Friday, November 7, 2014

Thornlost by Melanie Rawn

Touchstone  was the first book in this thought provoking series, Elsewhens is the second.  I was under the erroneous assumption that this was a trilogy. Unless Ms. Rawn wants to leave us all hang as David Weber did with  there will be at least another book.   This is a behind the scenes look at theatrical production powered not by animation but magic.   Touchstone, a group of four, has made a name for themselves as well as acquiring some serious enemies.

Precognition would be another description for one of Cayden Silversun's erratic magical abilities.   The nature of this ability escapes both Cayden and often the reader.   Mieka, his volatile elf like sidekick curbs some of his normal drug enhanced frivolity in this book.  The use of thorn is akin to the abuse of a variety of drugs.   Thorn seems to be more tailored for individuals and their genealogy which does not negate the fact that it appears to be an addiction.

Political intrigue continues in this book.   Vampirism is introduced.  Women's rights continue to be a major subtheme of the book.   Black Lightning's performances include targeted magic that appears to promote racial discrimination off a type that is similar to the Hitler racial purity concepts.   In this case racial isn't based on color but on whether goblin, elf, human, wizard, troll or giant rules your gemological background.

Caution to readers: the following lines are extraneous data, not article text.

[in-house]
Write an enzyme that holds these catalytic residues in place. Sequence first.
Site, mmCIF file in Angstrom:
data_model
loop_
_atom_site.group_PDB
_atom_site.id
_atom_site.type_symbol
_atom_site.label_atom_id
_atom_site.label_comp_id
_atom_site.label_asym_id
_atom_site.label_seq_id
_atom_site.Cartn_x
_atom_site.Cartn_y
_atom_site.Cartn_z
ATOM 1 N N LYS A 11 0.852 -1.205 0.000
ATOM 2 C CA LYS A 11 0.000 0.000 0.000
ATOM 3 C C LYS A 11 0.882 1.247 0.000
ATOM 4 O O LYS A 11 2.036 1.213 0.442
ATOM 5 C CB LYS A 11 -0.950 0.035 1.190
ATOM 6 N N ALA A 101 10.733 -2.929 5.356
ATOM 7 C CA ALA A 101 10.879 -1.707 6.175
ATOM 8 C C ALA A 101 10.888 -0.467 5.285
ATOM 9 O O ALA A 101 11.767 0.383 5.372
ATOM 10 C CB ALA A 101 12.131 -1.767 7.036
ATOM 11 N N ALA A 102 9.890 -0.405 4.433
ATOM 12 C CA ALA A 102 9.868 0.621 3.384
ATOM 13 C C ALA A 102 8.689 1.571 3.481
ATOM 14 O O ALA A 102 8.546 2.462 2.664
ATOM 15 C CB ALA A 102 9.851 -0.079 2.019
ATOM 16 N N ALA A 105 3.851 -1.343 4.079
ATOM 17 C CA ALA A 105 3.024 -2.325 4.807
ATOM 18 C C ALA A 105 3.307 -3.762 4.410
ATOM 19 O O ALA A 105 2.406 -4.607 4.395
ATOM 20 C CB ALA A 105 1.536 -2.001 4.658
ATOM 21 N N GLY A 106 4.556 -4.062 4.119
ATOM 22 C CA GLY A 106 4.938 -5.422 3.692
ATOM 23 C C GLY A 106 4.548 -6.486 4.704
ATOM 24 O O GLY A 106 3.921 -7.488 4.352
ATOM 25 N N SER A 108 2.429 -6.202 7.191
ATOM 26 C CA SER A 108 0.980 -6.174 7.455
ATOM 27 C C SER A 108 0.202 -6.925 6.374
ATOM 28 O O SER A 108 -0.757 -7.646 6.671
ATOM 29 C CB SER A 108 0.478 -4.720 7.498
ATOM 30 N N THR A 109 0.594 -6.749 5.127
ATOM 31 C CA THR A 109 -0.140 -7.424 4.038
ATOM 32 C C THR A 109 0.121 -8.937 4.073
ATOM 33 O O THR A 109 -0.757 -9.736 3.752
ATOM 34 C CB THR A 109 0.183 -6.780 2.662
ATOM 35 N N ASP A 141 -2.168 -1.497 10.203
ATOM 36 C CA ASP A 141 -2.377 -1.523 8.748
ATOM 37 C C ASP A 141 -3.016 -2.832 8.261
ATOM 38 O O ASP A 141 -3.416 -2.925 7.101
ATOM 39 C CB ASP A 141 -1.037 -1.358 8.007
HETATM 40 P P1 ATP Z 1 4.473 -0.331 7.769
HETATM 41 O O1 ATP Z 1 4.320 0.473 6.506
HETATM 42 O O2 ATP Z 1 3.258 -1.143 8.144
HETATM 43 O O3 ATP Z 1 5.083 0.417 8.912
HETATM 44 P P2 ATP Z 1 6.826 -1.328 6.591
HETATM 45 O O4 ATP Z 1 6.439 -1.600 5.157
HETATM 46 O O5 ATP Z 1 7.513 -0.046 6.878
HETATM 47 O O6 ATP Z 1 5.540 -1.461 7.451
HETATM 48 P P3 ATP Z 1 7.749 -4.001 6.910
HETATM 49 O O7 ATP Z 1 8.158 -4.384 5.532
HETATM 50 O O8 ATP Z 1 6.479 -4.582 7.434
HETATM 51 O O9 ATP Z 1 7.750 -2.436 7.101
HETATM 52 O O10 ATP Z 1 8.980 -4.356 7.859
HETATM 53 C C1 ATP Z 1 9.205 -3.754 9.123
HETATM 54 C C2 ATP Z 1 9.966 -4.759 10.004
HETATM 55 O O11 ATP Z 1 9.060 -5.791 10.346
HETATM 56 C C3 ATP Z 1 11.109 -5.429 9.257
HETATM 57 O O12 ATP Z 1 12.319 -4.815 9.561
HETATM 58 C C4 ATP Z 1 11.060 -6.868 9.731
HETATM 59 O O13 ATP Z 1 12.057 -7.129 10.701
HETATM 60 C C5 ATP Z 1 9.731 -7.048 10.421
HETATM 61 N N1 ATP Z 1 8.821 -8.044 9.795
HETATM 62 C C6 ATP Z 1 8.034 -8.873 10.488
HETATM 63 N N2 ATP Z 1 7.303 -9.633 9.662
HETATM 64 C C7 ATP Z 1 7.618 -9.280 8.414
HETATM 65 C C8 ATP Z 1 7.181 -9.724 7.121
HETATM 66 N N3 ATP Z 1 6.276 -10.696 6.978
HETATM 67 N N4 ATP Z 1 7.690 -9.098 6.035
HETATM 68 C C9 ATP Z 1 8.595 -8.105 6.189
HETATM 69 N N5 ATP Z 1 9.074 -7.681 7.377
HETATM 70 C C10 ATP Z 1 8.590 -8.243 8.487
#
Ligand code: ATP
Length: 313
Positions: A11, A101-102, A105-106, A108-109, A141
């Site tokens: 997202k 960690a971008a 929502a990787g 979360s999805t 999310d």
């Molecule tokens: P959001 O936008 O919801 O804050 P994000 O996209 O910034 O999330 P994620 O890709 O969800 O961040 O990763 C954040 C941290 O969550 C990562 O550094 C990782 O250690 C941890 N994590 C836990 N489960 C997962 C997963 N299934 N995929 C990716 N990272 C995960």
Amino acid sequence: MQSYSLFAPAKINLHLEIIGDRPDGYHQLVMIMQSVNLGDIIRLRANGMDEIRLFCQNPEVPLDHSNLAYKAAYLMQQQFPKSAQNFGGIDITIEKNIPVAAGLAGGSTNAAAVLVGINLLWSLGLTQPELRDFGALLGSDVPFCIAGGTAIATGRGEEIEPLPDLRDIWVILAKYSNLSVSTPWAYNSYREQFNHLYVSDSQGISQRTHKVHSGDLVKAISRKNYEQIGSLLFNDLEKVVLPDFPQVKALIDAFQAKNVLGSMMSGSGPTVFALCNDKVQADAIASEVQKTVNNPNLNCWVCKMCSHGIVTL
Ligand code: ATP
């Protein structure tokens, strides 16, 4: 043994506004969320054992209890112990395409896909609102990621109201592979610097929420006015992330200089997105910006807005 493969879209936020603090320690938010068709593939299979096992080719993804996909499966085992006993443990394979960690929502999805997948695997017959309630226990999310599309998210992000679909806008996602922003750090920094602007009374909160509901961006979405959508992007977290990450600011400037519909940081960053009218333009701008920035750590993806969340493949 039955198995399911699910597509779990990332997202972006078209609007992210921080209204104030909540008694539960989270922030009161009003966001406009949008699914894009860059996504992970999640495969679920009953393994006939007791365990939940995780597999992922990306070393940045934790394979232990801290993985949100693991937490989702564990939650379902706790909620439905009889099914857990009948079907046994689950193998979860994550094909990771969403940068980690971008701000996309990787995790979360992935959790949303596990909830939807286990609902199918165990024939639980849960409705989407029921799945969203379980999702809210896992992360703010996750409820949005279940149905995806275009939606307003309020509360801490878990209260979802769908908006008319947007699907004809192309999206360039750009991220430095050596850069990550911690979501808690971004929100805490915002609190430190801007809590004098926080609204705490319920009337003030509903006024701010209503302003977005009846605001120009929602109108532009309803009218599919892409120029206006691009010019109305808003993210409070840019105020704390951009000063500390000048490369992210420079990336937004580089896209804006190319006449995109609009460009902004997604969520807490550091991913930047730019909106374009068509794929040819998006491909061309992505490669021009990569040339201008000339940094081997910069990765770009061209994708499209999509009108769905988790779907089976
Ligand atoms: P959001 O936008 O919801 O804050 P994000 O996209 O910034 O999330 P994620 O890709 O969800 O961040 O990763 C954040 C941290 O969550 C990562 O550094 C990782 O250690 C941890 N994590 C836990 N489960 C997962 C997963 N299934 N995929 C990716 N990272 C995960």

It seems that although Cayden postulates that theater can change society, he is shocked to discover it happening.  The interpersonal relationships between a rather large cast of characters fuels a major chunk of the prose.

The book is more thought provoking than action prone.

I recommend the book.

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This book may have been received free of charge from a publisher or a publicist. That will NEVER have a bearing on my recommendations.


  1. Good to hear she's back on top of her game. I'll admit, I was hesitant to give the series a read at first, afraid she'd abandon another saga before the end, but with the 4 on the calendar for next year . . . well, it may finally be time to dive in.

    1. there is some interesting commentary on drug use among entertainers, thought provoking. guess it's more social commentary that I've seen from her previous books